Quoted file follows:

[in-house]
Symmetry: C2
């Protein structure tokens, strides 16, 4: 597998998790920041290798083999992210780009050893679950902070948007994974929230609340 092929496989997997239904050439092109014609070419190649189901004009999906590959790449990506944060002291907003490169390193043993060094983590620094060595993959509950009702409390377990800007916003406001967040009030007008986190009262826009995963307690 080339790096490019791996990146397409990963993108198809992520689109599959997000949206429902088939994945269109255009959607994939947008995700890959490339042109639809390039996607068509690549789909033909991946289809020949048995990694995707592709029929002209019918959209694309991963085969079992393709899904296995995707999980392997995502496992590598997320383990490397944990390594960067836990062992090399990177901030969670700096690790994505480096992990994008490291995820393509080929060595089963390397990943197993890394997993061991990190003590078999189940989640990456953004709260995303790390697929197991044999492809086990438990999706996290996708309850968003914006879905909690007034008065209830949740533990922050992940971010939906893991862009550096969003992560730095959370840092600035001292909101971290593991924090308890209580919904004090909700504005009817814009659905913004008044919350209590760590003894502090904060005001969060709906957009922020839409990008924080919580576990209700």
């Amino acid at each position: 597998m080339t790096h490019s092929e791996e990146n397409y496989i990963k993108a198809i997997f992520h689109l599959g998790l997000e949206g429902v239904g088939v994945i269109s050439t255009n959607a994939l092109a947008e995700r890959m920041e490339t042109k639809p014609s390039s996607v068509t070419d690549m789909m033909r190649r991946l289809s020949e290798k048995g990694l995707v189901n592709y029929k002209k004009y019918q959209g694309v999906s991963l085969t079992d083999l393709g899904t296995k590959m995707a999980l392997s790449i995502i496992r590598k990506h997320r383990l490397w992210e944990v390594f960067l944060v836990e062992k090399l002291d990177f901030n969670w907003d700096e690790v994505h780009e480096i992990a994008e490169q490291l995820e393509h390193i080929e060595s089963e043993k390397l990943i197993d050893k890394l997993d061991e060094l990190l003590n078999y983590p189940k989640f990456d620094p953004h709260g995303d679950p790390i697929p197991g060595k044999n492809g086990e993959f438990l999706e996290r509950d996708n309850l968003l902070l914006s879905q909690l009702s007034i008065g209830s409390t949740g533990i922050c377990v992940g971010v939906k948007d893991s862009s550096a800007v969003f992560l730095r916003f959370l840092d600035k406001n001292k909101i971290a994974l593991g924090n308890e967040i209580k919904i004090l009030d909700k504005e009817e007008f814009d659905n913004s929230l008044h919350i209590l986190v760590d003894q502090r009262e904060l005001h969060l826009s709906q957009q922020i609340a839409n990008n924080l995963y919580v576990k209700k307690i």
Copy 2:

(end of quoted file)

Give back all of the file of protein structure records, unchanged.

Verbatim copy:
[in-house]
Symmetry: C2
């Protein structure tokens, strides 16, 4: 597998998790920041290798083999992210780009050893679950902070948007994974929230609340 092929496989997997239904050439092109014609070419190649189901004009999906590959790449990506944060002291907003490169390193043993060094983590620094060595993959509950009702409390377990800007916003406001967040009030007008986190009262826009995963307690 080339790096490019791996990146397409990963993108198809992520689109599959997000949206429902088939994945269109255009959607994939947008995700890959490339042109639809390039996607068509690549789909033909991946289809020949048995990694995707592709029929002209019918959209694309991963085969079992393709899904296995995707999980392997995502496992590598997320383990490397944990390594960067836990062992090399990177901030969670700096690790994505480096992990994008490291995820393509080929060595089963390397990943197993890394997993061991990190003590078999189940989640990456953004709260995303790390697929197991044999492809086990438990999706996290996708309850968003914006879905909690007034008065209830949740533990922050992940971010939906893991862009550096969003992560730095959370840092600035001292909101971290593991924090308890209580919904004090909700504005009817814009659905913004008044919350209590760590003894502090904060005001969060709906957009922020839409990008924080919580576990209700």
């Amino acid at each position: 597998m080339t790096h490019s092929e791996e990146n397409y496989i990963k993108a198809i997997f992520h689109l599959g998790l997000e949206g429902v239904g088939v994945i269109s050439t255009n959607a994939l092109a947008e995700r890959m920041e490339t042109k639809p014609s390039s996607v068509t070419d690549m789909m033909r190649r991946l289809s020949e290798k048995g990694l995707v189901n592709y029929k002209k004009y019918q959209g694309v999906s991963l085969t079992d083999l393709g899904t296995k590959m995707a999980l392997s790449i995502i496992r590598k990506h997320r383990l490397w992210e944990v390594f960067l944060v836990e062992k090399l002291d990177f901030n969670w907003d700096e690790v994505h780009e480096i992990a994008e490169q490291l995820e393509h390193i080929e060595s089963e043993k390397l990943i197993d050893k890394l997993d061991e060094l990190l003590n078999y983590p189940k989640f990456d620094p953004h709260g995303d679950p790390i697929p197991g060595k044999n492809g086990e993959f438990l999706e996290r509950d996708n309850l968003l902070l914006s879905q909690l009702s007034i008065g209830s409390t949740g533990i922050c377990v992940g971010v939906k948007d893991s862009s550096a800007v969003f992560l730095r916003f959370l840092d600035k406001n001292k909101i971290a994974l593991g924090n308890e967040i209580k919904i004090l009030d909700k504005e009817e007008f814009d659905n913004s929230l008044h919350i209590l986190v760590d003894q502090r009262e904060l005001h969060l826009s709906q957009q922020i609340a839409n990008n924080l995963y919580v576990k209700k307690i």
Copy 2: